Insights

US Midterm Elections: It’s Different This Time

Soaring inflation, a hawkish Fed, and rapidly rising interest rates mean US midterm elections may depart from history in several ways. And after the votes are counted, don’t look for a post-election market rally.


Chief Investment Strategist

Investors’ obsession with the Federal Reserve’s (Fed) fight to defeat stubborn inflation has relegated the upcoming US midterm elections on November 8 to the back page. And with ugly political divisions, an embarrassing 22% Congressional approval rating, and expectations that election results will produce even more gridlock in Washington, who could blame investors for focusing their attention on today’s most urgent economic challenge?

Yet the midterms will see all 435 House of Representatives seats and 35 of the 100 Senate seats contested, while 36 of the 50 states will elect governors. And the shifting post-midterm political landscape will likely have big and small implications for diversified investment portfolios.

2022: The Most Restrictive Monetary Policy Environment in a Midterm Election Cycle

2022: The Most Restrictive Monetary Policy Environment in a Midterm Election Cycle

Unreliable Polls and Big Momentum Shifts

For all the handwringing about stock market losses this year, the S&P 500 typically suffers a 19% drawdown on average in US midterm election years.1 Consequently, the incumbent party routinely loses ground in midterm elections.

While this year’s roughly 25% decline2 is in the ballpark of historical averages, it is more painful. Soaring inflation, rapidly rising interest rates, and a hawkish Fed have created a difficult backdrop for US households. As a result, Democrats (the incumbent party) are expected to lose their majority in the House of Representatives but maintain control of the Senate by a razor-thin margin.

However, beginning in 2016 with Brexit and Donald Trump’s successful presidential campaign, polling has been wildly inaccurate and shocking election outcomes have become more normal. Momentum shifts during this election cycle also have complicated predictions.

In early spring, it looked like Republicans might sweep. But the Supreme Court’s late June decision to overturn Roe v. Wade, combined with the passing of the Inflation Reduction Act in August, provided Democrats with a summer surge, raising their hopes that they could defy poor midterm expectations.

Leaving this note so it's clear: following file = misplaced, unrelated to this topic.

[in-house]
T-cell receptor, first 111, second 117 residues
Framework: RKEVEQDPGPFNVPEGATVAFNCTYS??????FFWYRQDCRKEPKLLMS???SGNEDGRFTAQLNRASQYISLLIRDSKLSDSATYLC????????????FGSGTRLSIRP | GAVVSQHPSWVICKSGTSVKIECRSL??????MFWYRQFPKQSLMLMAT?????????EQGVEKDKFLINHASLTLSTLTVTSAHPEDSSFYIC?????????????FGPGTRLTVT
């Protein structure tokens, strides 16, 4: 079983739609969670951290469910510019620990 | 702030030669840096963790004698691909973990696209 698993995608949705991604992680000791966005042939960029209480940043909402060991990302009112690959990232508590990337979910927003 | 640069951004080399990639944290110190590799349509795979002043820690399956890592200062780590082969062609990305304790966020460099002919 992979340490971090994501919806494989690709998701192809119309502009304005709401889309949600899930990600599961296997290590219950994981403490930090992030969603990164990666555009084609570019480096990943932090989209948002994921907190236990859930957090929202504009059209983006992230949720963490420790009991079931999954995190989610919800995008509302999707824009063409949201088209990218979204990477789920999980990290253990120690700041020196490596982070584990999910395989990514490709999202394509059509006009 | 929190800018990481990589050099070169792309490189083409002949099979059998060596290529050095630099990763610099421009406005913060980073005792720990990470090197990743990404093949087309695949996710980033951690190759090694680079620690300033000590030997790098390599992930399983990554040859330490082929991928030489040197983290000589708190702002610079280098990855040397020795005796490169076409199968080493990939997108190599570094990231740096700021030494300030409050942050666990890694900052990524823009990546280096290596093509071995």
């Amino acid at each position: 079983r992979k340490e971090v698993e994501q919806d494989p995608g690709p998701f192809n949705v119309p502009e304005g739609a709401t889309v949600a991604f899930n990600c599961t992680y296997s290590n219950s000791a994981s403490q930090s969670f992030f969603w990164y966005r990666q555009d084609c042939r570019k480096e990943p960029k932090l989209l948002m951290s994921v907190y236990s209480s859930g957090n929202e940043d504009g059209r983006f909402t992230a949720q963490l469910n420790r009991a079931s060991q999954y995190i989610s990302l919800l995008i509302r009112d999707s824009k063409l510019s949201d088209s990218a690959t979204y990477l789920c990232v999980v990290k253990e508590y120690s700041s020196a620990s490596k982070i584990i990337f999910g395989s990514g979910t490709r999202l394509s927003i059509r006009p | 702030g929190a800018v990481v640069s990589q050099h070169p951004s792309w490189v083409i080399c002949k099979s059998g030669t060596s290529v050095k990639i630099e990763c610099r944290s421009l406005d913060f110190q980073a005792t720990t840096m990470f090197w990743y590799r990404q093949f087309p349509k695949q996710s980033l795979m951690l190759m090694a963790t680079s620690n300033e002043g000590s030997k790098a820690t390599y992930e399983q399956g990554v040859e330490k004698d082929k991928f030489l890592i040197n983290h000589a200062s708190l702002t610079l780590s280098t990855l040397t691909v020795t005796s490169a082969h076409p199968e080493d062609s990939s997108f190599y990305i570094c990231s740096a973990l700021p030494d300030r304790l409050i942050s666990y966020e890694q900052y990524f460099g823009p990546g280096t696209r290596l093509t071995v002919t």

The probability that the Democrats keep control of both the House and Senate is low, but it’s not zero. And that stunning election outcome could potentially roil markets. Investors don’t like surprises or unchecked power by a single political party — they prefer gridlock. Thankfully for investors, with only a few weeks left until voters hit the polls, a split Congress looks likely.

PredictIt 2022 House and Senate Control Odds (%)

  PredictIt 2022 House and Senate Control Odds (%)

No Post-Midterm Market Rally

Investors desperately seeking relief from this year’s market losses might take comfort in knowing that the S&P 500 has not declined in the 12 months following a midterm election since 1950.3 Fresh off midterm election losses, the incumbent party often seeks to bolster the economy through aggressive fiscal and monetary policies. Not surprisingly, partly as a result of these stimulative policies, the US has never experienced a recession in the year following a midterm election.

Subsequent 12-month S&P 500 Price Return Following Midterm Elections

Subsequent 12-month S&P 500 Price Return Following Midterm Elections

Regrettably, this time may be different. Lofty inflation is likely to keep both monetary and fiscal stimulus restrained. In fact, the Fed is expected to continue increasing interest rates to curtail rising prices. And, political gridlock reduces any chance of a significant fiscal spending package successfully making its way through Congress to President Biden’s desk for signature.

Meanwhile, with the lagged effects of at least six aggressive Fed rate hikes expected to slow the economy in 2023, the odds of the first US recession in the third year of a presidency are rapidly increasing.

Could the threat of recession motivate voters to turn out on November 8? A recent poll finds two in three registered voters see this election as more important than past midterm campaigns. Interestingly, that’s the same percentage that viewed the 2018 midterm as more important than prior elections — and voter turnout that year was the highest in a century.4

And, of course, there’s still time for an October surprise.

For insight into how to position your investment portfolio for any election outcome, view the latest market commentary.


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